The Department of Defense (DoD) was one of the original adopters of the Primary Care Behavioral Health (PCBH) model. Over 20 years ago, the United States Air Force (USAF) piloted its “Behavioral Health Optimization Program” or BHOP at a single Air Force Base. Since 1997, the program has expanded across 72 Air Force facilities and since 2013 has been incorporated into medical care across all DoD services. While there are many unique features of the Military Health System (MHS), its beneficiaries, which include not only Active Duty service members, but also retirees and their families, represent a diverse cross-section of America. DoD facilities are scattered throughout the United States, in populous cities and rural towns. As such, the USAF provides an ideal setting to study aspects of integrated care that apply across the diverse healthcare landscape.
A recent study published in Translational Behavioral Medicine describes the results of a quality improvement project undertaken by the USAF using PCBH within a stepped care framework. Three treatment facilities, chosen across the country to represent both rural and urban care facilities (ranging from 13,000 beneficiaries up to over 54,000), participated in this pilot. Without any additional resources (e.g., no hired staff), these clinics reallocated a behavioral health provider and behavioral health technician (equivalent to a medical assistant with exclusive behavioral health training) from specialty mental health to primary care. They also ran an aggressive marketing campaign to funnel new patients into primary care as opposed to specialty mental health. In one year, these sites doubled the number of behavioral health encounters, reached 150% more of the beneficiary population, and saved community mental health costs by over $100,000. These results far outpaced their peer institutions while maintaining high levels of patient satisfaction.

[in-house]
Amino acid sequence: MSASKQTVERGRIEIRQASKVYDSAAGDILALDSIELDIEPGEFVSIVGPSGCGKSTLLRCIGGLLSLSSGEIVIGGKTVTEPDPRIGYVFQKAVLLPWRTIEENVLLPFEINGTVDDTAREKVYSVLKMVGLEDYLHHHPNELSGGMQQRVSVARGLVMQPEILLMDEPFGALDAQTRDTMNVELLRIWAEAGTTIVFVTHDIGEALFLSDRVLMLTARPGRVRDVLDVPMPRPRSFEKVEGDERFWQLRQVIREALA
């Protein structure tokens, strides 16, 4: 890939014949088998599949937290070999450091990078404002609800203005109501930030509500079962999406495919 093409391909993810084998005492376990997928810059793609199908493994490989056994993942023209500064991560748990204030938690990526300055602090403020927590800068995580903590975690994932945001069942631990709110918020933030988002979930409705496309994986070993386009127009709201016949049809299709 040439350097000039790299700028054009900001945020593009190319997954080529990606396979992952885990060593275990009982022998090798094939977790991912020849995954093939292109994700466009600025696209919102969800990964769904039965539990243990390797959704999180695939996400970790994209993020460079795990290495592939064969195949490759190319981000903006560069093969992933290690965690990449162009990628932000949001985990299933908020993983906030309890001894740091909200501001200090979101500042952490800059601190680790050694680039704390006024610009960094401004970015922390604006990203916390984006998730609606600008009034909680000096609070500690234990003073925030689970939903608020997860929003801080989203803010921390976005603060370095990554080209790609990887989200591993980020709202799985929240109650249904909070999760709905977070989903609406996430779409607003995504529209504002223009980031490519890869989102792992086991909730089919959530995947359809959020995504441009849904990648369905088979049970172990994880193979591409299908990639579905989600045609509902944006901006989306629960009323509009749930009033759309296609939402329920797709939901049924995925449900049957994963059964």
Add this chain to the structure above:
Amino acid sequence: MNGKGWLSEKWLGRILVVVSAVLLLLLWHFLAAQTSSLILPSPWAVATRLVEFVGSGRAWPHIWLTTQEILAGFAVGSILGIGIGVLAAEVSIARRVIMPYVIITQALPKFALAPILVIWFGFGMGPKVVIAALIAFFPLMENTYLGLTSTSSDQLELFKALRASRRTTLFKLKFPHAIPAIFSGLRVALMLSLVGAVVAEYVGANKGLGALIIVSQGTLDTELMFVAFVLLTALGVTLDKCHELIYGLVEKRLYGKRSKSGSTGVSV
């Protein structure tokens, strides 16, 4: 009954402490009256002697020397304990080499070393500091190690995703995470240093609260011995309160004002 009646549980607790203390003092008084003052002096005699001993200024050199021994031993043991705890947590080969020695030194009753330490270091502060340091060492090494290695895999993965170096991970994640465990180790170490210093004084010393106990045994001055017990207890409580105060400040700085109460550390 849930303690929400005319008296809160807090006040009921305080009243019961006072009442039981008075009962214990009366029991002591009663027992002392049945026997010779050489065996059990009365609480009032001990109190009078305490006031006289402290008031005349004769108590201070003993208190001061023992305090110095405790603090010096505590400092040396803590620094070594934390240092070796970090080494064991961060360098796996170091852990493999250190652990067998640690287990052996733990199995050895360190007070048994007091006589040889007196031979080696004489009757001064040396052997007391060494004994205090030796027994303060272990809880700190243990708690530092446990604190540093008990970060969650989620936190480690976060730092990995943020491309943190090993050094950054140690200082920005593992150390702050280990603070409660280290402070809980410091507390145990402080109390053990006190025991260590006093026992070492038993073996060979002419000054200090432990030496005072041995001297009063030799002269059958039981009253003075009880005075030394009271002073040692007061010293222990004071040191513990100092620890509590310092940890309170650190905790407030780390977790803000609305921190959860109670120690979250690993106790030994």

Read the study here https://academic.oup.com/tbm/advance-article/doi/10.1093/tbm/iby046/4992907?guestAccessKey=9d8e2439-75a6-42b6-a336-466351261f2e to learn more about this innovation.
Ryan R. Landoll, Ph.D., ABPP, is the Assistant Dean for Preclinical Sciences at the Uniformed Services University. His research broadly focuses on two main topic areas: primary care behavioral health, and adolescent peer relationships (i.e., romantic relationships, friendships, and peer victimization, including cyber victimization) and internalizing disorders (i.e., social anxiety, depression). Dr. Landoll currently heads the Military and Sexual/Reproductive Health (MARSH) Research Program at the Uniformed Services University.